SUBMITTED

Samantha Eastop of Stittsville, holding a Canadian flag, receives her gold medal for setting a world record in her age category in the ball throw at the 2009 World Transplant Games in Australia.

games. Her first was in London, Ont. in 2005 while her second was in the Gold Coast in Australia in 2009 where she set her ball throw world record. Canada also has national Transplant Games every two years but in even numbered years, unlike the World Transplant Games which are held in old numbered years. Samantha first participated in the Canada Transplant Games in Windsor in 2008. She then participated in the Canada Transplant Games in Quebec City in 2010. Due to health issues, she was unable to attend the 2012 Canada Transplant Games in Calgary, Alta. Since receiving her heart transplant as a baby, Samantha has had most of her follow-up medical appointments at the Hospital for Sick Children in Toronto. To date she has had over 50 procedures (32 biopsies, over 10 angiograms, and a couple of scares with cancer which turned out to be benign). She had more surgeries over the summer of 2012. Samantha, who has lived in Stittsville her entire life, is very competitive and loves playing softball. She enjoys meeting new people and keeps in contact with a lot of other transplant recipients that she has met through the years.

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Bakers Bean - a village cafe Special to the News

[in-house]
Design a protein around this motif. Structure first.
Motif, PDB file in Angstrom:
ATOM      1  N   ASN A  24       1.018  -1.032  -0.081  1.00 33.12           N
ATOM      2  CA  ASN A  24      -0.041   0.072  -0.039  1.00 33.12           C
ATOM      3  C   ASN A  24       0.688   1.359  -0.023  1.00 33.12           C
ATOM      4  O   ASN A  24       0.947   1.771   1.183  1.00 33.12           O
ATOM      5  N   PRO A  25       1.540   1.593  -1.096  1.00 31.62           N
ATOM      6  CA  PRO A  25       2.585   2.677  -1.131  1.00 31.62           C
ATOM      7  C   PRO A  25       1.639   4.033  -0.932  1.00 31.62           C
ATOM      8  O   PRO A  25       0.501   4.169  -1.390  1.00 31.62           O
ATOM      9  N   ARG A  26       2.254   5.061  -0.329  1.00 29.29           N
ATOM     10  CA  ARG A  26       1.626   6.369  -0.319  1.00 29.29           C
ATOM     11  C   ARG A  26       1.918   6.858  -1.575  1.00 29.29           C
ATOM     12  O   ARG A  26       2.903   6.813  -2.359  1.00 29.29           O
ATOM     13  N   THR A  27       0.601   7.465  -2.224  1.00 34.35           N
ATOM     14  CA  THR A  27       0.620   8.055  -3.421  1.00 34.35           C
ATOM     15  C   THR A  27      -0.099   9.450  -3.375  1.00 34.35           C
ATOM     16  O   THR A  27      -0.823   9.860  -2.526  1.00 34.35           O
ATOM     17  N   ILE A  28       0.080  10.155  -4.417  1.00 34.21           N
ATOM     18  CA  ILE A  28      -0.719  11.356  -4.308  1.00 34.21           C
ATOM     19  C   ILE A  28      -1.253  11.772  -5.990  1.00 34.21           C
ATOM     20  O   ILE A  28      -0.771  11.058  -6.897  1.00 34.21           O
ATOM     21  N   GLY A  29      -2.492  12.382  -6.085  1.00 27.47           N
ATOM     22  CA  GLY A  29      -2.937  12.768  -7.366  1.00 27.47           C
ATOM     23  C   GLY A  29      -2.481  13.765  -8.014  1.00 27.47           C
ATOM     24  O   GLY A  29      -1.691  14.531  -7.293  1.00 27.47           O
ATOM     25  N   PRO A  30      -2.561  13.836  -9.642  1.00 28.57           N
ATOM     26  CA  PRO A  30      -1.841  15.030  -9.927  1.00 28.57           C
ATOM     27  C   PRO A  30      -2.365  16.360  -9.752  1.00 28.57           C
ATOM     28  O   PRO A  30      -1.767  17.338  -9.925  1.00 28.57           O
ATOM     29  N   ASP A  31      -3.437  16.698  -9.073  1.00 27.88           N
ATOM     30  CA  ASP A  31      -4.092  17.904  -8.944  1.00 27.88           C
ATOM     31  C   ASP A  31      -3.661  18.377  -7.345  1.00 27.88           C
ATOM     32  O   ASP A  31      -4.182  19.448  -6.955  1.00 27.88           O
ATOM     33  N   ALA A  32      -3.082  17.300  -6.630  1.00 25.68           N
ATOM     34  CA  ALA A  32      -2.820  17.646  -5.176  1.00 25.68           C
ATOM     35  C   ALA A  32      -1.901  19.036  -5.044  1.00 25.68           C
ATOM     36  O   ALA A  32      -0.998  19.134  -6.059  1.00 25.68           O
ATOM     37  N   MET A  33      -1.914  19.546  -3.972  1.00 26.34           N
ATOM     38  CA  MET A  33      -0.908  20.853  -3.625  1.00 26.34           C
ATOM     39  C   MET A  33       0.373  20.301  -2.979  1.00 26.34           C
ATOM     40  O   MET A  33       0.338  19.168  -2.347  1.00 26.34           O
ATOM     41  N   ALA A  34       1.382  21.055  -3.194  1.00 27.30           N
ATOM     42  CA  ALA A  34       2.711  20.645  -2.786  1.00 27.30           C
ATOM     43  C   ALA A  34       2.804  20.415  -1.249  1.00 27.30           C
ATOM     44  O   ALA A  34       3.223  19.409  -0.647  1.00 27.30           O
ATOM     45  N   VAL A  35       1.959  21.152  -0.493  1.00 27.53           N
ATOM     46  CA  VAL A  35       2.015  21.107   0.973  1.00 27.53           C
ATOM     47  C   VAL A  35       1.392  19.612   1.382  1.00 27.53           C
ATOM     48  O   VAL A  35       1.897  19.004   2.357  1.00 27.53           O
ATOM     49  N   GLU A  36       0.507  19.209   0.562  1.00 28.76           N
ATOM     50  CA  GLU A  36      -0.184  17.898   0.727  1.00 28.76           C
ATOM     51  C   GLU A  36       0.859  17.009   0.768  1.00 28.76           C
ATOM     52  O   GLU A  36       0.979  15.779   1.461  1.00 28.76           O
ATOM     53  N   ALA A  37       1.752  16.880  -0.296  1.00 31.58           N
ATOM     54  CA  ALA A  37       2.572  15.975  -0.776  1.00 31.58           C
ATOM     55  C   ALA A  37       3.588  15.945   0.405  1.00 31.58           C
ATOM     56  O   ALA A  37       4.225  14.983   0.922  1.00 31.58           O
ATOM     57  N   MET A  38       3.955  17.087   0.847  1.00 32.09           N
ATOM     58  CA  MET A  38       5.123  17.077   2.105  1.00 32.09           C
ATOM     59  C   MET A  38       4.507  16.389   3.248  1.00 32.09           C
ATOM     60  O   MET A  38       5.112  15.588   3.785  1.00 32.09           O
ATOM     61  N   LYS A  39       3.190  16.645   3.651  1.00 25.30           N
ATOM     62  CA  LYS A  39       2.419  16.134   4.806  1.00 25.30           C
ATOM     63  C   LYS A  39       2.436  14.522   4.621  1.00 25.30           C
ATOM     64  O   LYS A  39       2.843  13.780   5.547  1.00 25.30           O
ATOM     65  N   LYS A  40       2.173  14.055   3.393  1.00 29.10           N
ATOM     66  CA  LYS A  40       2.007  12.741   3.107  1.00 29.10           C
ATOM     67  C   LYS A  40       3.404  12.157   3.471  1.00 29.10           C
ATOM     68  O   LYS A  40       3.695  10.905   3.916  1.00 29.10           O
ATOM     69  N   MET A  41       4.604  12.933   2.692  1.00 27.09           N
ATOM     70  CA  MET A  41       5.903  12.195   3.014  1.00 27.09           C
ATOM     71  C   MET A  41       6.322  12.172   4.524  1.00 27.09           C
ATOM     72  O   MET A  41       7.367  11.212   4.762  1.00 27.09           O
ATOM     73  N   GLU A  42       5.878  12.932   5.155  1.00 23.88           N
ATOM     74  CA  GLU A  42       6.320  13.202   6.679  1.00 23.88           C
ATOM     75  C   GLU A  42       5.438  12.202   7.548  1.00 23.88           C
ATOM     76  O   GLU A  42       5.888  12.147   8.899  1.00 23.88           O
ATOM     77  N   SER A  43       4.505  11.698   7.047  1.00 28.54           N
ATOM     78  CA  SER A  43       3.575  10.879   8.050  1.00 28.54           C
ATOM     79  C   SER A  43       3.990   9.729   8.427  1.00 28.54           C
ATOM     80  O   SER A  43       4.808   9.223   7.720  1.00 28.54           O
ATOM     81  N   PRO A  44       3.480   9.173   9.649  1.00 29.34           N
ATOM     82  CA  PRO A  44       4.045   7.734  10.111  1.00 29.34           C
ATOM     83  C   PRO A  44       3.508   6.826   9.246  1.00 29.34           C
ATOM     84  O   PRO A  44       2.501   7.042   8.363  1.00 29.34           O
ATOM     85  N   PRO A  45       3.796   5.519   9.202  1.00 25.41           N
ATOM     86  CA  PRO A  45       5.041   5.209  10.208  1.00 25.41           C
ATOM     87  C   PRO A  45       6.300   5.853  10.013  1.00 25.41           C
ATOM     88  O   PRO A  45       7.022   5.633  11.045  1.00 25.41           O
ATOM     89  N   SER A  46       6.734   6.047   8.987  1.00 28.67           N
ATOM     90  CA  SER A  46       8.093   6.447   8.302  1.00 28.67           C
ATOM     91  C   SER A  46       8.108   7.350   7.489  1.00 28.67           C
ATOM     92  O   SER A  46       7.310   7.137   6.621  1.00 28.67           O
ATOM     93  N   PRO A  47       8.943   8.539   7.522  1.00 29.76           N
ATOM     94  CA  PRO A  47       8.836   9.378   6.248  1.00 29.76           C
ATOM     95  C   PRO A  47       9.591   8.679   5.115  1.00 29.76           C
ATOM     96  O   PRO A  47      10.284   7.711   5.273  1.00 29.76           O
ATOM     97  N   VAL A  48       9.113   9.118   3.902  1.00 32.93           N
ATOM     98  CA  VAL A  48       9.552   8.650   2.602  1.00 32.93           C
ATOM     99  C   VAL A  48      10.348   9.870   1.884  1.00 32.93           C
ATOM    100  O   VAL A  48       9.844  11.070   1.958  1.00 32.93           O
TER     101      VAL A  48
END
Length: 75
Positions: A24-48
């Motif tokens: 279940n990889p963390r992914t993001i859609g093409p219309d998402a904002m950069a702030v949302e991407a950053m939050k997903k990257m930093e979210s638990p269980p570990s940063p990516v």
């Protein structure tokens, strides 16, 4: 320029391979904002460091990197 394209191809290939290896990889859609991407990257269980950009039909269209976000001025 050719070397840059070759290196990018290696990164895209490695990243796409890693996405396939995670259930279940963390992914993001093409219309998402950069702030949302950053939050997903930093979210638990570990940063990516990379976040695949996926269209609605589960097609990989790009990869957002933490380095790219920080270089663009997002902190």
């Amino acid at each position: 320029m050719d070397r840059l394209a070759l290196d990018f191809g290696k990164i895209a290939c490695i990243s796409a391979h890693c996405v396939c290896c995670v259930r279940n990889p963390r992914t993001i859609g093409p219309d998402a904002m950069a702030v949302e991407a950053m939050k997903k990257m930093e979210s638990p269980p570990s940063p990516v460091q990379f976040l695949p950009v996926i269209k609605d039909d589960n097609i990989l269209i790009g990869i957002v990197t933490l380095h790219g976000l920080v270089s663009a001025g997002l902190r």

When Jodie and Kent Baker decided to move back to Jodi’s hometown of Richmond, they brought with them the village café idea. They had opened their first coffee-based business way off in Australia where they had noticed a huge difference in the coffee scene there. “The coffee scene really changed in Australia about ten years ago,” says Kent Baker. “It went from bigger chain coffee shops to a lot of these smaller village cafes.” When Jodie and Kent returned to Canada, they noticed that the village café concept had not really been introduced here. “When we came back to Canada, there was a gap in the market,” Kent says. “They hadn’t really caught up with that yet.” So, upon settling in Richmond, they introduced the village café idea to the community in 2012, opening Bakers Bean on McBean Street. This village café offers a wide range of specialty teas and coffees as well as a range of homemade sandwiches, soups and pastries, with everything created and made fresh daily on the site. Local ingredients are used in these pastries and sandwiches while fair trade coffee is served. Gluten/dairy free food is also included on the menu. It is these unique offerings that large chain coffee shops do not offer, allowing Bakers Bean to set itself apart as a unique village café. “In Canada we love our brewed coffee and we want to take it a step beyond larger chain coffee shops,” Jodie Baker says in explaining the village café concept. And already Jodie and Kent, who have about 16 years SYDNEY STEELE experience in the restaurant business and could not imagJodie and Kent Baker of the Bakers Bean village café shop on McBean ine doing anything else, have opened a second location. It Street in Richmond are with their children, Grace, left, and Juno, who is was opened recently in Perth. A lot of people from Perth being held by Kent. passing through Richmond and its Bakers Bean café to